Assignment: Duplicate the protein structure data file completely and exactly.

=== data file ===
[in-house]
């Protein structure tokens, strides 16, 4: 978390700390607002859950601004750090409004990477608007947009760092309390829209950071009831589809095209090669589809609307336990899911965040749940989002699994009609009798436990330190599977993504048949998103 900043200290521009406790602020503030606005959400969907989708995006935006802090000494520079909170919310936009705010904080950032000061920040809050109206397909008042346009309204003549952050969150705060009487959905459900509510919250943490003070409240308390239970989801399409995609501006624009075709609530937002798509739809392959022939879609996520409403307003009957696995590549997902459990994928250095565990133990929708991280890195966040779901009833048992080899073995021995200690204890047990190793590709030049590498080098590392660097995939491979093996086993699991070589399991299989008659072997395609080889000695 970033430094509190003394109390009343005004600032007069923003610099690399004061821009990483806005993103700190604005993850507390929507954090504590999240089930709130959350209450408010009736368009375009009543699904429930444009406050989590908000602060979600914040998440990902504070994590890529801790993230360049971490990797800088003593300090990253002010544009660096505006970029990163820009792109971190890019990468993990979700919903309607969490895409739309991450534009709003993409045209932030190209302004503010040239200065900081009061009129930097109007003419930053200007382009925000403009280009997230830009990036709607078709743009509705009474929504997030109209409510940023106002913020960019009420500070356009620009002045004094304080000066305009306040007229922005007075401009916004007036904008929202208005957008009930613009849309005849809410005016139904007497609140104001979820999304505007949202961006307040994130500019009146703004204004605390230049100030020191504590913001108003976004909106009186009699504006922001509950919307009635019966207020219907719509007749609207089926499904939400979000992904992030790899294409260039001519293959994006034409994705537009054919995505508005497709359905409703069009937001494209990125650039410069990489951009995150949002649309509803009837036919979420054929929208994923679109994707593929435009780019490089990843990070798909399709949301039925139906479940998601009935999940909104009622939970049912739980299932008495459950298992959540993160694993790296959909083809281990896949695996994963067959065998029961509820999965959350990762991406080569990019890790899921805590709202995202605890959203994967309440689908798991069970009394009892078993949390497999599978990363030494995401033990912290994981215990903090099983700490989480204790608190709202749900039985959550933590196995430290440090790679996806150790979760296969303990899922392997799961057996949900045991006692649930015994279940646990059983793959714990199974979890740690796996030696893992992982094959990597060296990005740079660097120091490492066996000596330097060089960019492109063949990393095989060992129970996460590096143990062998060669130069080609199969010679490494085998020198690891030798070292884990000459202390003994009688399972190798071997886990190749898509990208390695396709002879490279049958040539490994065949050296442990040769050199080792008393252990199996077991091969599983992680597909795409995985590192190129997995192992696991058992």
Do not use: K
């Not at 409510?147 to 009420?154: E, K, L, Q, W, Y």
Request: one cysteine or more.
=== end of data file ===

[in-house]
């Protein structure tokens, strides 16, 4: 978390700390607002859950601004750090409004990477608007947009760092309390829209950071009831589809095209090669589809609307336990899911965040749940989002699994009609009798436990330190599977993504048949998103 900043200290521009406790602020503030606005959400969907989708995006935006802090000494520079909170919310936009705010904080950032000061920040809050109206397909008042346009309204003549952050969150705060009487959905459900509510919250943490003070409240308390239970989801399409995609501006624009075709609530937002798509739809392959022939879609996520409403307003009957696995590549997902459990994928250095565990133990929708991280890195966040779901009833048992080899073995021995200690204890047990190793590709030049590498080098590392660097995939491979093996086993699991070589399991299989008659072997395609080889000695 970033430094509190003394109390009343005004600032007069923003610099690399004061821009990483806005993103700190604005993850507390929507954090504590999240089930709130959350209450408010009736368009375009009543699904429930444009406050989590908000602060979600914040998440990902504070994590890529801790993230360049971490990797800088003593300090990253002010544009660096505006970029990163820009792109971190890019990468993990979700919903309607969490895409739309991450534009709003993409045209932030190209302004503010040239200065900081009061009129930097109007003419930053200007382009925000403009280009997230830009990036709607078709743009509705009474929504997030109209409510940023106002913020960019009420500070356009620009002045004094304080000066305009306040007229922005007075401009916004007036904008929202208005957008009930613009849309005849809410005016139904007497609140104001979820999304505007949202961006307040994130500019009146703004204004605390230049100030020191504590913001108003976004909106009186009699504006922001509950919307009635019966207020219907719509007749609207089926499904939400979000992904992030790899294409260039001519293959994006034409994705537009054919995505508005497709359905409703069009937001494209990125650039410069990489951009995150949002649309509803009837036919979420054929929208994923679109994707593929435009780019490089990843990070798909399709949301039925139906479940998601009935999940909104009622939970049912739980299932008495459950298992959540993160694993790296959909083809281990896949695996994963067959065998029961509820999965959350990762991406080569990019890790899921805590709202995202605890959203994967309440689908798991069970009394009892078993949390497999599978990363030494995401033990912290994981215990903090099983700490989480204790608190709202749900039985959550933590196995430290440090790679996806150790979760296969303990899922392997799961057996949900045991006692649930015994279940646990059983793959714990199974979890740690796996030696893992992982094959990597060296990005740079660097120091490492066996000596330097060089960019492109063949990393095989060992129970996460590096143990062998060669130069080609199969010679490494085998020198690891030798070292884990000459202390003994009688399972190798071997886990190749898509990208390695396709002879490279049958040539490994065949050296442990040769050199080792008393252990199996077991091969599983992680597909795409995985590192190129997995192992696991058992």
Do not use: K
């Not at 409510?147 to 009420?154: E, K, L, Q, W, Y």
Request: one cysteine or more.